Bipolar, bipolar disorder, blogging, journaling, mental health

The Death of Creativity

Painting and writing, drawing and building. The creativity flows thoughtlessly throughout my body. My fingertips create lovely scenes on canvas. My mind chooses all the right words to dictate into paper. My pencil guides me as I draw Disney characters like my life depends on it. My eyes envision and create stunning websites and marketing flyers. I can do anything with my creativity.

Until it’s killed. Murdered in cold blood. Left lifeless thrown in an alley, getting ate up by stray cats. Yes, that’s exactly what happens. My medicine kicks in and suddenly all the bad habits are gone, like spending money and racing thoughts and hallucinations, but with the disappearance of them, they steal my creativity.

I’m struggling now to find the words to describe such a loss. A week ago, the words would have came with ease. They would have spilled onto the page without my brain even registering it.

I struggle at work now, designing drab marketing flyers, that I hate. I have no new ideas.

So do I continue with these meds or do I get my creative juices back. For some it’s a simple decision. But for me, with a husband and kids, it’s not so cut and dry. People are depending on me. Leaning on me and looking up to me.

Bipolar is a very selfish illness and I have been fighting the urge to make myself happy this past week. Having my creativeness back would make me happy, for the moment. Although I know it would spiral and soon it wouldn’t be enough. It’s hard to let go of something that makes you feel so good. But ultimately, I have to look at the big picture.

My creativity has died.

mental health

Recovery, Giving yourself credit

With Bipolar Disorder, or any mental illness for that matter, there comes a point where you reach the recovery stage. The mania has settled or the pills are finally starting to work and you can feel the depression lifting. These are very crucial periods in our lives as people afflicted with a mental illness.

Right now, this time has come for me. My mania is finally settling down, I’ve went from 4 hours of sleep a night to a full eight hours in the last 2 days. I just recently had my medication switched and the dosage upped, so I’m sure that has had it’s impact. I can feel the awkward feeling of not being able to conquer the world that I just so recently had. I can feel my insane amount of energy draining to a more “normal” level. Almost to the point of feeling lethargic. I am starting to be able to process my thoughts and the voices and shadow men that so often came to visit me, are no longer making appearances.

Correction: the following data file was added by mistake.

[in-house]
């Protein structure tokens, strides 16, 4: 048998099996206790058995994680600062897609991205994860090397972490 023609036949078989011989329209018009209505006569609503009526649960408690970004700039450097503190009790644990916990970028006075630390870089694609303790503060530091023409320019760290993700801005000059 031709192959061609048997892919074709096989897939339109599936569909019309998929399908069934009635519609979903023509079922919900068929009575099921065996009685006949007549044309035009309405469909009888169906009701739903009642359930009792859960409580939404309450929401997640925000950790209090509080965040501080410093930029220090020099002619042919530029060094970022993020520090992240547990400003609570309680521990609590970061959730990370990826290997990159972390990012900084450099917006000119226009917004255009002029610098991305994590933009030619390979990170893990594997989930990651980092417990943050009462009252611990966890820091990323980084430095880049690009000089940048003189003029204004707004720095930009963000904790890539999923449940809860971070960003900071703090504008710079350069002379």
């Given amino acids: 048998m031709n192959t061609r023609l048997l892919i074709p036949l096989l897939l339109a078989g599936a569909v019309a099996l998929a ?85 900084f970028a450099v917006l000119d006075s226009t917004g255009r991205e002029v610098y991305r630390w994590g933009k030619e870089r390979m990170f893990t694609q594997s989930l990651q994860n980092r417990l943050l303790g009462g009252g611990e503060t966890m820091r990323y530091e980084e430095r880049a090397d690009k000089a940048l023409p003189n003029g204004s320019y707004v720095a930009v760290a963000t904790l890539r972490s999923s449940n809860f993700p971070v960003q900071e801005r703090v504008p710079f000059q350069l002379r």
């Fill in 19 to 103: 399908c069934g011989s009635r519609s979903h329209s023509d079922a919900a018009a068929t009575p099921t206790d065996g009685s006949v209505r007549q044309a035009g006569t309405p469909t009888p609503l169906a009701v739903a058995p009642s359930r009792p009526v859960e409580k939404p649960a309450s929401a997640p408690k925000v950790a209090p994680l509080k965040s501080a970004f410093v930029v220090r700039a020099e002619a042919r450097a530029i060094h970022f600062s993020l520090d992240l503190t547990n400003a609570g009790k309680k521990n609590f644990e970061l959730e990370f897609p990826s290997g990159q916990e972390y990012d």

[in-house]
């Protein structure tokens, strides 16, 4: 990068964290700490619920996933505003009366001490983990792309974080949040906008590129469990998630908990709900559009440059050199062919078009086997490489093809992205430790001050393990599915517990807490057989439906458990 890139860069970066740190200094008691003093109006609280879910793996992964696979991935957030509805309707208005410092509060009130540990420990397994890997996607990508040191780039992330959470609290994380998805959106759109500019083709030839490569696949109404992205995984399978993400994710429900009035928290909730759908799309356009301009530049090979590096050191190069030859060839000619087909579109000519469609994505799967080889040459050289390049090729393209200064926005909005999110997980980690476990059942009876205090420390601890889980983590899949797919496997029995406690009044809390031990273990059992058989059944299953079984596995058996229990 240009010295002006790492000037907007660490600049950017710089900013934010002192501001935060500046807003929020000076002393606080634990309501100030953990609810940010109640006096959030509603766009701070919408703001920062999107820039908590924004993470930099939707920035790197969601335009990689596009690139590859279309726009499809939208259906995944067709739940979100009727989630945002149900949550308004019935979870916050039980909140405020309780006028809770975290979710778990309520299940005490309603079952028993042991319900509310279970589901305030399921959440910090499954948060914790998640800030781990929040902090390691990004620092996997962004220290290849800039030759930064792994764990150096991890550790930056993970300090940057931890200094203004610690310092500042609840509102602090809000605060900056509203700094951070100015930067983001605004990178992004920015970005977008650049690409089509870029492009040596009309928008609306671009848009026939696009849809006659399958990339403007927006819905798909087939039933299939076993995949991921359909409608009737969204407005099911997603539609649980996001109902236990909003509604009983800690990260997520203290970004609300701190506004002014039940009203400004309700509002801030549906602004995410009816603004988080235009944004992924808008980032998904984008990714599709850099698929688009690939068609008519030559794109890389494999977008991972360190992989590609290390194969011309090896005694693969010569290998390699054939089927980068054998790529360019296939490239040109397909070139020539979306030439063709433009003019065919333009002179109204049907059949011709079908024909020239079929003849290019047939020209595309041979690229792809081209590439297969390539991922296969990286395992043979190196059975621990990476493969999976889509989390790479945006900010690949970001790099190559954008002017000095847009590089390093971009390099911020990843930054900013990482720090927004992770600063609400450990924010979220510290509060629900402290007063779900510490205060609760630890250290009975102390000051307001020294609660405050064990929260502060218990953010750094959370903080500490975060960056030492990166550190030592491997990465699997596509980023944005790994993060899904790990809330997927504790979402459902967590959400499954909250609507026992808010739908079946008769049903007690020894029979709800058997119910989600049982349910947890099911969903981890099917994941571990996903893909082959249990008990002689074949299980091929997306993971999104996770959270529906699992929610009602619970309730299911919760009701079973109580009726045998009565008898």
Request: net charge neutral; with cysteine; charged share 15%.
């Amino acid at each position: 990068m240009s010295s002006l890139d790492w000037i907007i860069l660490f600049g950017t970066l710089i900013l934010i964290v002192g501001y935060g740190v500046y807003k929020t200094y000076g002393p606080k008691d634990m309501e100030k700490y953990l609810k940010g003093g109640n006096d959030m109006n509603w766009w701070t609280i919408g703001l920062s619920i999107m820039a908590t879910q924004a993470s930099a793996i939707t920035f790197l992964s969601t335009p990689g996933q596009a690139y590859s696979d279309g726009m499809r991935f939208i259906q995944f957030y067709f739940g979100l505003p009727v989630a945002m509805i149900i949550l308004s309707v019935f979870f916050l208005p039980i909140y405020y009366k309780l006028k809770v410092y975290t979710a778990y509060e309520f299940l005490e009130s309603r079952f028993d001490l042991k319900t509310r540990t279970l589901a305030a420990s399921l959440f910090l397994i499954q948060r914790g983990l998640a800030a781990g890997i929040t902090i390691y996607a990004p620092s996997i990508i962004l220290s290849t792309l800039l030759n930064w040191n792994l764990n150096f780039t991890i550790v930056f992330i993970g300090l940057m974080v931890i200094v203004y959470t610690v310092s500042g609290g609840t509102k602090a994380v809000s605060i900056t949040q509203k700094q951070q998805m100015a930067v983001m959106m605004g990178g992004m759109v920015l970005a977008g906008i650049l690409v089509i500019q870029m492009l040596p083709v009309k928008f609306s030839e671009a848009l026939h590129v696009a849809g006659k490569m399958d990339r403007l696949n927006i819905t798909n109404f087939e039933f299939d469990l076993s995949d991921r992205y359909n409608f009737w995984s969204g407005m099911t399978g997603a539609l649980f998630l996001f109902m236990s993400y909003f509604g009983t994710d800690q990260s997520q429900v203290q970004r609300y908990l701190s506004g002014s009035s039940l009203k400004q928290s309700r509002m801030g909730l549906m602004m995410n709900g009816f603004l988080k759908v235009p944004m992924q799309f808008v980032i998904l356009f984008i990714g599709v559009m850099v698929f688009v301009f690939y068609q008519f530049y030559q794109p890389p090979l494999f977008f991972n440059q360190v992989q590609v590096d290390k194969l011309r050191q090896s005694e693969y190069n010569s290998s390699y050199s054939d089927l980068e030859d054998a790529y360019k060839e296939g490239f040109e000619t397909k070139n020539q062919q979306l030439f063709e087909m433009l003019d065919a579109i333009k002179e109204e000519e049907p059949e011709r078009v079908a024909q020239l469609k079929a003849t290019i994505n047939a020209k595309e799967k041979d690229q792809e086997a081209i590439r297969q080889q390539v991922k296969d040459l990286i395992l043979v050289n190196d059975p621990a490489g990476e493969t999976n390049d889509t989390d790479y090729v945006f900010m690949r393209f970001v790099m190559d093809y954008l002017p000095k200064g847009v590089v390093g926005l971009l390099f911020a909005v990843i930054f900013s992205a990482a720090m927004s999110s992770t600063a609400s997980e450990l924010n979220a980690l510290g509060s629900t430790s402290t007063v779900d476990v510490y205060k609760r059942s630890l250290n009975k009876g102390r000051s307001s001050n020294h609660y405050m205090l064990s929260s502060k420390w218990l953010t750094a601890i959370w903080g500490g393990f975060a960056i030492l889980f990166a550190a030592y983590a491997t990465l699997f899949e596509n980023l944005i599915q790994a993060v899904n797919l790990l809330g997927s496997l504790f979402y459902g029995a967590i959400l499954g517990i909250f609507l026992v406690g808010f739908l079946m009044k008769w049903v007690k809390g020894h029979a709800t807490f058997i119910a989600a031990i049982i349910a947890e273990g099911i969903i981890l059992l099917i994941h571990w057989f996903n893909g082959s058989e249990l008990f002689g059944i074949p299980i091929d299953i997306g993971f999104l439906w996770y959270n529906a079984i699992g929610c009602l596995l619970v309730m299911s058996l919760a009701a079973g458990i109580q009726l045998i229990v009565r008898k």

It’s a strange feeling, recovery. I’ve worked so hard to get to this point the last month or so and now that it is here, I almost feel like I have not done enough. That I should be doing more to help myself. I should be doing more for my family, for my friends. I should be doing something.

I talked with my therapist about this and she gave me some great words of wisdom that I would like to pass onto anyone else who may be feeling this way.

You are doing great, give yourself a break and stop being so hard on yourself. You just struggled for weeks, or months, you are finding your way back. You are on the right track. You are doing what you need to do and you are doing great. There comes a point in recovery when you will be able to look yourself in the mirror and you will be proud. You will love the person that you have become, or the person you are becoming. This takes time for most of us, but as long as you celebrate the small steps and stay on course, you will get to that point.

So hang in there fellow Bipolars. Things can and do get better. If you are struggling now, or need help, please reach out. Life is too short to spend it in a constant state of instability.

Good luck!

mental health

The breaking point.

My eyes are swollen. I can’t breath. I can’t speak. I try to form sentences, but my throat won’t let the words escape.

The truth was told. My demons were released and now I’m going to pay for that. The men told me not to tell, they told me that I would die if I did. I’m not afraid of death. At this rate between the men, the voices, the fits of raging and uncontrollable sobbing, death would be a much needed vacation. Death would end it all. Death would take away my pain. It would end the burden that is me, from my family. My children would be better off. Who needs a blubbering, hysterical mother? I know I wouldn’t want one.

Don’t try to tell me I’m a good mom, don’t try to tell me that my family loves me. Don’t tell me that living this life is better than it all just ending. Because you are wrong. The men tell me over and over how happier everyone would be. They tell me over and over what a shitty mom I am. They attack me, at my weakest points. And those walls have finally broke.

I’m sobbing. I told my husband everything. I told him about the men, about the voices. About the instant wave of relief that rushes over me when I think I may get into a car accident and just never wake up to live this awful life again. I told. I wasn’t supposed to.